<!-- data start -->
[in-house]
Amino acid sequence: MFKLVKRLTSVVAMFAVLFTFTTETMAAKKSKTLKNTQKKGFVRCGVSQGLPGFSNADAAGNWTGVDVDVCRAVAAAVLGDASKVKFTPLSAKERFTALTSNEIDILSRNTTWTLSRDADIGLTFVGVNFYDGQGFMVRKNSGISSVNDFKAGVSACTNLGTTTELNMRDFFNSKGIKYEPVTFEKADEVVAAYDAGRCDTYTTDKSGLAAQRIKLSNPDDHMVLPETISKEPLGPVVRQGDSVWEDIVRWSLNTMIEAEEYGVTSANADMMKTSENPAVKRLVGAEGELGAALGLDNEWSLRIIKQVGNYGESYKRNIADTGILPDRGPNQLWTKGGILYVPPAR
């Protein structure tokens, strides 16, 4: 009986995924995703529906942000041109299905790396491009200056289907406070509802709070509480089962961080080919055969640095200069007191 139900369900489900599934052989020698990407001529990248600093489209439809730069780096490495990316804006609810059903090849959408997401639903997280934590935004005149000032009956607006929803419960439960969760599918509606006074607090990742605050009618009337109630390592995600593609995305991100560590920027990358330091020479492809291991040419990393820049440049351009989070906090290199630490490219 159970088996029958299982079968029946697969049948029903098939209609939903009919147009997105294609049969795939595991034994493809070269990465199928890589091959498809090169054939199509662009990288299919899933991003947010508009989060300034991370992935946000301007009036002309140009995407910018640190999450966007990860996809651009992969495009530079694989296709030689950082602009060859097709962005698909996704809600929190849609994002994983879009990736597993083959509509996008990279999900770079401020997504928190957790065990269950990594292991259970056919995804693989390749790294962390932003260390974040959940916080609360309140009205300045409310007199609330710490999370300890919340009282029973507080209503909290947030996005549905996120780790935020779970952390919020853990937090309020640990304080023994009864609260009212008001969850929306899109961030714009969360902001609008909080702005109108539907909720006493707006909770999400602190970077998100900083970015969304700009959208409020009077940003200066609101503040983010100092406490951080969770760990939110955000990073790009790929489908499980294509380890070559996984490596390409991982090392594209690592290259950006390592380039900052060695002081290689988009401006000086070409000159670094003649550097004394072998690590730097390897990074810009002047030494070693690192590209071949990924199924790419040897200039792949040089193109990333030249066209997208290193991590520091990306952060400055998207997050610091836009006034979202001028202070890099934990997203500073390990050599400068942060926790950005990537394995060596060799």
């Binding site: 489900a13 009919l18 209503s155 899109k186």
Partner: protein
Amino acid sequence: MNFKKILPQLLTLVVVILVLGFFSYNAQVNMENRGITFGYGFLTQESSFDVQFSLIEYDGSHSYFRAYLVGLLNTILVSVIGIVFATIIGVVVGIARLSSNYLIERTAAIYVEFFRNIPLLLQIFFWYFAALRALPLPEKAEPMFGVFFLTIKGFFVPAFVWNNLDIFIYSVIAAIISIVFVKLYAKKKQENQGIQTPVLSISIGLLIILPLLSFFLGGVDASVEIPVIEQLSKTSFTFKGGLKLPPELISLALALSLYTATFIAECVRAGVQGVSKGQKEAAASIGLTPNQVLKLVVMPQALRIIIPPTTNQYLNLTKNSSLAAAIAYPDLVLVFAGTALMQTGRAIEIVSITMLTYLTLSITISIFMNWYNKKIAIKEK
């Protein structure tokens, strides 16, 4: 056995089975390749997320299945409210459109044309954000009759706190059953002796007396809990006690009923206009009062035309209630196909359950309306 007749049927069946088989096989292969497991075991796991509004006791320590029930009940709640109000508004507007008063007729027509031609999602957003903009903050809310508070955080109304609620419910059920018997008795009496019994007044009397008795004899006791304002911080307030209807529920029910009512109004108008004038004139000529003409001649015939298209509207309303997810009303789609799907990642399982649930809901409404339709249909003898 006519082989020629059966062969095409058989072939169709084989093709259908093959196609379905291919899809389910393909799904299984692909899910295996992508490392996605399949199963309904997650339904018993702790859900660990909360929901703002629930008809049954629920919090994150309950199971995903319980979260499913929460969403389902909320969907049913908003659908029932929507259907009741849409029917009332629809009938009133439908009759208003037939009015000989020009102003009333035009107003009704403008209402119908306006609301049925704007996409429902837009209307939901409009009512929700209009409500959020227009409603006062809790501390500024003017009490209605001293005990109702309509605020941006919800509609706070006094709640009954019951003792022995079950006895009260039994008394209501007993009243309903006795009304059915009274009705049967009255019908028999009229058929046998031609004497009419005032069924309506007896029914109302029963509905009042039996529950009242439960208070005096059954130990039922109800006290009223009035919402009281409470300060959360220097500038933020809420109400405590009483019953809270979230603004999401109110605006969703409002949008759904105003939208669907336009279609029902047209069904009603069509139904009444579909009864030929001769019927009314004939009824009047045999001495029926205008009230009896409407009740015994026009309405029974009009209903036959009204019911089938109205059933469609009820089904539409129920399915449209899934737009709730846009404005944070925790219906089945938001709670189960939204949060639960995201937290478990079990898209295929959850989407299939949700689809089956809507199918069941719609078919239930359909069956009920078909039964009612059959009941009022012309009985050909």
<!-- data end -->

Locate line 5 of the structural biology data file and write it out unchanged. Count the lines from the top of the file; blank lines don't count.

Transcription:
Partner: protein